In any heavily regulated industry, there is a whole range of incredibly wordy phrases, acronyms and terms that to the outsider just seem complicated. While some can be easily deciphered, others will admittedly take longer to understand, and some searching is often required to find their true meaning.
Within the life science industry, we've been conjuring up convoluted terms for decades, making it increasingly challenging for those new to the industry to get up to speed. In recent years we’ve also seen the proliferation of cloud computing and a surge in adoption of electronic systems, bringing with them new terms and acronyms for us all to master. This change in landscape has seen a wealth of new IT professionals moving into the industry. Hungry to make a difference, these IT professionals have to traipse through an unhealthy amount of documentation to get up to speed.
In the following article, we explore over 60 terms that span both life sciences industry itself and information technology in an effort to lessen the learning curve. Whether you’re new to the industry or need a refresher, here’s a condensed list of common terms every Life Sciences IT Professional may come across and should know.
- TMF (Trial Master File) – A collection of documents and artifacts that document how a clinical trial was conducted and how data was collected in order to demonstrate regulatory compliance to relevant authorities.
- ICH (International Council for Harmonization of Technical Requirements for Pharmaceuticals for Human Use) – A global committee of regulators and industry experts with the goal of standardizing clinical trial standards among national regulatory bodies.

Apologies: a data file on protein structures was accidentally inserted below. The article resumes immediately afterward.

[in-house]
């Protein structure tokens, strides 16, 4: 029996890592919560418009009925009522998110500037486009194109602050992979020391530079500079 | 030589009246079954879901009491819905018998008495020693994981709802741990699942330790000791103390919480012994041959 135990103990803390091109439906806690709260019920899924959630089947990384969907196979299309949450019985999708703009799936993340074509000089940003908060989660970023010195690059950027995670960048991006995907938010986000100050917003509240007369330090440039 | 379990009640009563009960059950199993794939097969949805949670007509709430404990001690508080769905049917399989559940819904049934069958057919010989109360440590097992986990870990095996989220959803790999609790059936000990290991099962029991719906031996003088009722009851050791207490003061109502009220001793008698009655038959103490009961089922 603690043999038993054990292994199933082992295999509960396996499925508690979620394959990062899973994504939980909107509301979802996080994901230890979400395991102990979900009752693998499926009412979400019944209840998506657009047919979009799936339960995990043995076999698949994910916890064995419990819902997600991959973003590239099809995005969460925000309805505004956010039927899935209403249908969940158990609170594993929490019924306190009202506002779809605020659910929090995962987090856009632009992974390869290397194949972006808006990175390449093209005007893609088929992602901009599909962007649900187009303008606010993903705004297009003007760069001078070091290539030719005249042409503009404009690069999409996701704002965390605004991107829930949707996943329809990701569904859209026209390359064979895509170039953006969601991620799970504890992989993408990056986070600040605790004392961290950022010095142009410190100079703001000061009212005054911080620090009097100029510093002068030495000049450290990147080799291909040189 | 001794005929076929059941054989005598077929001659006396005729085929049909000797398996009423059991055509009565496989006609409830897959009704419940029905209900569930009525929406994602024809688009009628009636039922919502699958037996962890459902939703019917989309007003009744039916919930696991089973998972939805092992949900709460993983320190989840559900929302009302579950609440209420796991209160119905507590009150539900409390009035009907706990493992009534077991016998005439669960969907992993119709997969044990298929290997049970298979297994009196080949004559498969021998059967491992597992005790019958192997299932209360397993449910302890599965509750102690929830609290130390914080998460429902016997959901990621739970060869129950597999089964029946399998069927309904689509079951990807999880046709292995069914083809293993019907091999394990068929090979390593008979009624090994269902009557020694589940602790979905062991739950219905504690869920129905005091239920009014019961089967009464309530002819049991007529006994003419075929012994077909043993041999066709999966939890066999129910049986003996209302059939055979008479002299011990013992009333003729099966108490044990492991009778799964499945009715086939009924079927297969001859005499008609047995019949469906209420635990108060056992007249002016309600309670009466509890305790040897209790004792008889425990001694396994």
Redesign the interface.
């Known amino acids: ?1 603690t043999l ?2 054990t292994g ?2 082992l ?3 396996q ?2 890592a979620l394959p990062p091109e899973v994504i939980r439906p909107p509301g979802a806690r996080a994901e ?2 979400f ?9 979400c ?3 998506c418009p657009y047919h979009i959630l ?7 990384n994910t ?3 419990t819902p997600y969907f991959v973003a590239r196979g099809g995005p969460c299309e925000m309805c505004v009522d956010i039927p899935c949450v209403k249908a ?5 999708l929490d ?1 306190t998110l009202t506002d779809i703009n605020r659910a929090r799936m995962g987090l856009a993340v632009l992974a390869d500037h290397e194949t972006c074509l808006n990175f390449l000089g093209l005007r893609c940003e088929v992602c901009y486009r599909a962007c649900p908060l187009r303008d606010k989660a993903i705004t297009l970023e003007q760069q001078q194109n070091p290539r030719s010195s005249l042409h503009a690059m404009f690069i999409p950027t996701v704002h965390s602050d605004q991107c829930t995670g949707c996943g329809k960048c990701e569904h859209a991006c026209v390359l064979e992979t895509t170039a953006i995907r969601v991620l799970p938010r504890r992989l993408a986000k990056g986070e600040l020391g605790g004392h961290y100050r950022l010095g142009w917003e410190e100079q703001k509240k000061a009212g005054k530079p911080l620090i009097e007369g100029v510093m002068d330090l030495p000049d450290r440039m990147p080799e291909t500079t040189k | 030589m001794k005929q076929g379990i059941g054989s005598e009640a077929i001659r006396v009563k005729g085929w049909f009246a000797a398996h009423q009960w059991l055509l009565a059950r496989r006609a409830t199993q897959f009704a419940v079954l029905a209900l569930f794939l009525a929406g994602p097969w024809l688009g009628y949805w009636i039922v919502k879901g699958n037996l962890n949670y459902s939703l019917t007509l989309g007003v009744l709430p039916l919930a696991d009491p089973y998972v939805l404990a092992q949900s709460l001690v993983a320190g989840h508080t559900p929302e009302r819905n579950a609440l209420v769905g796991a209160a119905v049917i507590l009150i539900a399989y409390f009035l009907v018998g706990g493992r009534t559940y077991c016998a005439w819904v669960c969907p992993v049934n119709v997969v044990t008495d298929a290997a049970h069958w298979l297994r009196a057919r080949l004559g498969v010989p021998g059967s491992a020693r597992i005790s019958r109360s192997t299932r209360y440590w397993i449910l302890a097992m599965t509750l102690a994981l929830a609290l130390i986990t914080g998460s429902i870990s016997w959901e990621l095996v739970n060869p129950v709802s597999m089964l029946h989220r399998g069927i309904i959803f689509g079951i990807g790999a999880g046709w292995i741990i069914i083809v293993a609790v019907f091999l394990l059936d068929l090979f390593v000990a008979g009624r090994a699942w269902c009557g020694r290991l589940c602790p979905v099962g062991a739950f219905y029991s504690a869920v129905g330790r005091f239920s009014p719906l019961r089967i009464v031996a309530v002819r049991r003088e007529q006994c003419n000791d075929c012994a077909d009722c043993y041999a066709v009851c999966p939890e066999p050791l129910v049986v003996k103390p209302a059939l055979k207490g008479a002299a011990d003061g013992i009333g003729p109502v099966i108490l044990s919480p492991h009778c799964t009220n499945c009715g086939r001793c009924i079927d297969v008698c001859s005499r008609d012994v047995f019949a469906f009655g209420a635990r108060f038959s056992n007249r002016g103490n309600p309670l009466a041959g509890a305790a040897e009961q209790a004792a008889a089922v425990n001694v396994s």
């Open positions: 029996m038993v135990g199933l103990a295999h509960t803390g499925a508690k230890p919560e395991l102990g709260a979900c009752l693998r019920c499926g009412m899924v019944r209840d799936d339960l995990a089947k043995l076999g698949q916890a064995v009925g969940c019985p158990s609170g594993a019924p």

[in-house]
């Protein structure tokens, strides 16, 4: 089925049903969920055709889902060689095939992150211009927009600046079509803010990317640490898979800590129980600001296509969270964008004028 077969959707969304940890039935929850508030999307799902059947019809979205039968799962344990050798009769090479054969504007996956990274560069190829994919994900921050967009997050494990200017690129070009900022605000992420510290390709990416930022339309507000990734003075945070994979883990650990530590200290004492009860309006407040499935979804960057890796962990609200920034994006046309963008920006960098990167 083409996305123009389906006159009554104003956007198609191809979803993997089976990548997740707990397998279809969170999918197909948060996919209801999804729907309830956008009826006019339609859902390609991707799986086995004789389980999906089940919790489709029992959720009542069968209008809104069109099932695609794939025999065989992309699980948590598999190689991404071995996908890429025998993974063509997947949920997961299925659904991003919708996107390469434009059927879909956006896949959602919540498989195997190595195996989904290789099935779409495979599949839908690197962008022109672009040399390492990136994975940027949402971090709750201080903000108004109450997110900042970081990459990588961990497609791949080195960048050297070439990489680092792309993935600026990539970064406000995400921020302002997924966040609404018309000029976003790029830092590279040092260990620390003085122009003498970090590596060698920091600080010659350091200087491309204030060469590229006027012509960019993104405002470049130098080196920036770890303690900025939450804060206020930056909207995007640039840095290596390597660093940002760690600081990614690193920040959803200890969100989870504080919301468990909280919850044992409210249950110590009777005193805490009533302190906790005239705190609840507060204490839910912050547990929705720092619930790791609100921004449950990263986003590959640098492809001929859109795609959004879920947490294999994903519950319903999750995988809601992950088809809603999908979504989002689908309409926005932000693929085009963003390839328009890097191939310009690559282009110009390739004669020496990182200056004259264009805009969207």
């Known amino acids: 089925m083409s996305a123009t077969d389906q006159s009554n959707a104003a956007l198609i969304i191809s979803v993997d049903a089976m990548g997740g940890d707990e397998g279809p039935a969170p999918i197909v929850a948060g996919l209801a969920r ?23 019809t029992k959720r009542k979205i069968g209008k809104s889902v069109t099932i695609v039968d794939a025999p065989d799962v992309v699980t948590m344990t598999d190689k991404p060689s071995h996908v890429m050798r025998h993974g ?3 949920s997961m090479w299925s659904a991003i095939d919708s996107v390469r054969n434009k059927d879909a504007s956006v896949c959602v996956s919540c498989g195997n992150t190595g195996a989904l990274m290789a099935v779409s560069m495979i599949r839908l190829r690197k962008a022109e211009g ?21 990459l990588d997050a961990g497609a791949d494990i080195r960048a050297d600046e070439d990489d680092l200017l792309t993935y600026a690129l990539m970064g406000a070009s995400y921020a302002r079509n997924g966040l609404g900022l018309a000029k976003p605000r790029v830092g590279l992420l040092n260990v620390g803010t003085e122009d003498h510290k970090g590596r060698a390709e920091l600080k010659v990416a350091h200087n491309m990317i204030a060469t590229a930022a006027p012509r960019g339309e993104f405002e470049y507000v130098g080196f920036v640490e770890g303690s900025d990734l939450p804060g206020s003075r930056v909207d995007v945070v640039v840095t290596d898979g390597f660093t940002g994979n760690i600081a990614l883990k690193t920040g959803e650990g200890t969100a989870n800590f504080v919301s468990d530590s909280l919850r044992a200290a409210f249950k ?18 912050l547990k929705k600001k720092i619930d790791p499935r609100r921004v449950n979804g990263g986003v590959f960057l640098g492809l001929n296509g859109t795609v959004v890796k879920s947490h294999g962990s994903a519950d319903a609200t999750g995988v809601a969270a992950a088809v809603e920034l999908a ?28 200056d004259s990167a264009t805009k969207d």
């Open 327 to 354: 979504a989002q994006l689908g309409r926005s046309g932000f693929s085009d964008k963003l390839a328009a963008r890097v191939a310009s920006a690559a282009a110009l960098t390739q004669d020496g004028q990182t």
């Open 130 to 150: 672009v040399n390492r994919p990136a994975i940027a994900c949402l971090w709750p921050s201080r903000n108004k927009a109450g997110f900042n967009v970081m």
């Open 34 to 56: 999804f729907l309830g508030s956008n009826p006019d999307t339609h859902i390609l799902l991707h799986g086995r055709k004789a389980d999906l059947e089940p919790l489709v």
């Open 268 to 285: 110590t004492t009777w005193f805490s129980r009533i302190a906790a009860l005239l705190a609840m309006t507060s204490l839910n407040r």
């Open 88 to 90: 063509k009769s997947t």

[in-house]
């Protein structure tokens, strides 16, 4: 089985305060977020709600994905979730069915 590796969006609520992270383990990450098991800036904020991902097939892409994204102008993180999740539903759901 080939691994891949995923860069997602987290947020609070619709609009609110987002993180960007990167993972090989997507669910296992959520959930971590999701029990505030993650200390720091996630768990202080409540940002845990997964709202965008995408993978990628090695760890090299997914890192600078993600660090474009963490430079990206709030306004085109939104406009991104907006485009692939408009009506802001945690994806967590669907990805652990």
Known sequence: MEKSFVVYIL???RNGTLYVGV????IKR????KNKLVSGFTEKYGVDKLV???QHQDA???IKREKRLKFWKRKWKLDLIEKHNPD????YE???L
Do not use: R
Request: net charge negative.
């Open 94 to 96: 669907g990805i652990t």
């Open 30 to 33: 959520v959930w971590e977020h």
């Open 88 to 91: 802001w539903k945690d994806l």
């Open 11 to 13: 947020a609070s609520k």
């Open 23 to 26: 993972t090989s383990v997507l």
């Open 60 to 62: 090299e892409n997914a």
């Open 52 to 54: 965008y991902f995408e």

- GCP (Good Clinical Practice) – International quality standards for the Life Sciences, describing how to manage clinical trials involving human subjects. Generally provided by the ICH, these guidelines have been adopted as law in some nations and remain as guidance in others (e.g. USA).
- GAMP®5: A Risk-Based Approach to Compliant GxP Computerized Systems — A framework for the risk-based approach to computer system validation where a system is evaluated and assigned to a predefined category based on its intended use and complexity. GAMP = Good Automated Manufacturing Practice.
- FDA (Food and Drug Administration) – The federal agency of the United States of America responsible for overseeing and regulating the Life Science industry in the USA, including products including dietary supplements, prescription and over-the-counter pharmaceutical drugs (medications), vaccines, biopharmaceuticals, blood transfusions, and medical devices. Also responsible for food and cosmetic products.
- MHRA (Medicines and Healthcare Products Regulatory Agency) – The national agency of the United Kingdom tasked overseeing and regulating the Life Science industry in the UK, focused on enforcing regulations regarding clinical trials for both pharmaceuticals and medical devices.
- EMA (European Medicines Agency) – An agency of the European Union responsible for evaluating medicinal products across Europe. Analogous to the US’s FDA or UK’s MHRA.
- GDocP (Good Documentation Practice) – Standards within the Life Sciences describing how documents should be created and maintained. While not laws, regulatory agencies will evaluate and inspect against these standards.
- Incident Handling – The response of an organization to a negative incident that disrupts a process or runs contrary to identified procedures & protocols.
- Root Cause – The lowest level critical source of an incident. The event/activity/situation which if removed/remedied prevents the occurrence of the negative outcome.
12. Fishbone Diagram – A.K.A. cause and effect diagram or Ishikawa diagram. A visualization tool and brainstorming technique meant to help identify root causes of a given—usually negative—effect. Starting with the effect, causes are identified, which are investigated further to determine the causes of those larger causes until root causes are identified. Called a fishbone diagram due to its fish-like shape.